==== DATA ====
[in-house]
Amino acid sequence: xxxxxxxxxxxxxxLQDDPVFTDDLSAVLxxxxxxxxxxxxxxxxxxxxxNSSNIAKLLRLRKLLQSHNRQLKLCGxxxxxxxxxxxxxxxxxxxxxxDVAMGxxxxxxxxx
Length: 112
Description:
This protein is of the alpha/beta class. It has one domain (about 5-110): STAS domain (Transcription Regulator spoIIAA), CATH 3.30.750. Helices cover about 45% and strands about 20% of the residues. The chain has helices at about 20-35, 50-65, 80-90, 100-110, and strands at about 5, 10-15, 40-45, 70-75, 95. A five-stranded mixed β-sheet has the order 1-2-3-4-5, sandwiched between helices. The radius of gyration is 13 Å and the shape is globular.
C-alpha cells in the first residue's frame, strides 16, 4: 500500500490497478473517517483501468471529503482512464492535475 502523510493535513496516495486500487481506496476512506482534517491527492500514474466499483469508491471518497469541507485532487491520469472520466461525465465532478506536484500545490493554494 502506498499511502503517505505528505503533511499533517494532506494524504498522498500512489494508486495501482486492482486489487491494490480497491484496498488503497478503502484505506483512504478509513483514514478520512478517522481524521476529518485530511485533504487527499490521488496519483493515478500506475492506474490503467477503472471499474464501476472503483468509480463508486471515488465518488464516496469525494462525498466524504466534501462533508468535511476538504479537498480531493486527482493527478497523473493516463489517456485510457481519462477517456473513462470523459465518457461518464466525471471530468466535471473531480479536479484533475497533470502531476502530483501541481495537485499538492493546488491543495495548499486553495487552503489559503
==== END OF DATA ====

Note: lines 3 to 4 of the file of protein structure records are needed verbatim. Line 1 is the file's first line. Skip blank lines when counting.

Length: 112
Description: